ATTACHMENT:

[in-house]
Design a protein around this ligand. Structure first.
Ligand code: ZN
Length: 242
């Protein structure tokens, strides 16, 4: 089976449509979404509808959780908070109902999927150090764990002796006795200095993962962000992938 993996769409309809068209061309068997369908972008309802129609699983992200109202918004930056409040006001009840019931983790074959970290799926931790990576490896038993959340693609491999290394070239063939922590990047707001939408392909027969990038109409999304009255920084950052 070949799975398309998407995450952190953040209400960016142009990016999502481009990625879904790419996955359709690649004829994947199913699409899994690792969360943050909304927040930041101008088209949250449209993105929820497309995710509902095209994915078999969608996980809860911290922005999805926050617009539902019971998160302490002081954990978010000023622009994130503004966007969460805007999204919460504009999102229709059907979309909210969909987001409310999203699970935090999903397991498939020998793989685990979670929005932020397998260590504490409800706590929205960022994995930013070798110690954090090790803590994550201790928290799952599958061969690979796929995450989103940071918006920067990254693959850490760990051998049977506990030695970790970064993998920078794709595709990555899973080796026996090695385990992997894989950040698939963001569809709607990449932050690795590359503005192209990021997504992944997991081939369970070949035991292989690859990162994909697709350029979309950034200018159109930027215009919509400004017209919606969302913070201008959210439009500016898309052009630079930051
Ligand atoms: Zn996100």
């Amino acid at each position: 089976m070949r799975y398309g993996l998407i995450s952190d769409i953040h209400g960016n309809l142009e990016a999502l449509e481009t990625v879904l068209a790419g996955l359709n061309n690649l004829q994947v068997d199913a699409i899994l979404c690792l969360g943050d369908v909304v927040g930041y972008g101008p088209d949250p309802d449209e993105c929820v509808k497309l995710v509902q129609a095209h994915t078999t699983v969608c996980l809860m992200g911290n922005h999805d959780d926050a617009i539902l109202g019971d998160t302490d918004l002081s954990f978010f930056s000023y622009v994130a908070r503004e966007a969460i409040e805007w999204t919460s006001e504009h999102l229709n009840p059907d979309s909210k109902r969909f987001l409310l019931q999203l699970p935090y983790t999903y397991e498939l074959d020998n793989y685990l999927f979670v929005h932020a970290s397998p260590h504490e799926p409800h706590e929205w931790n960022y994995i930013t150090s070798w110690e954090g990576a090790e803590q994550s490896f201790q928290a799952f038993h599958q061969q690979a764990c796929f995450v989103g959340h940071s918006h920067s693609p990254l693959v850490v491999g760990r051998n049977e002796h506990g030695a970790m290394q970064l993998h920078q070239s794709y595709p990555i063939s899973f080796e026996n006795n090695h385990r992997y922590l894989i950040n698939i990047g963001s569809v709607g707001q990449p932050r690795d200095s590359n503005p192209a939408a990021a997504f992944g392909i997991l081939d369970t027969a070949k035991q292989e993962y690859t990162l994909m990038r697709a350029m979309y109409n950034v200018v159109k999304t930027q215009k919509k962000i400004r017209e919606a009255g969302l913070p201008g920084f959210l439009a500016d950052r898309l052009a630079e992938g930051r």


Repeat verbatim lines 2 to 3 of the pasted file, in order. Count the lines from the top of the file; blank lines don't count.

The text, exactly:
Design a protein around this ligand. Structure first.
Ligand code: ZN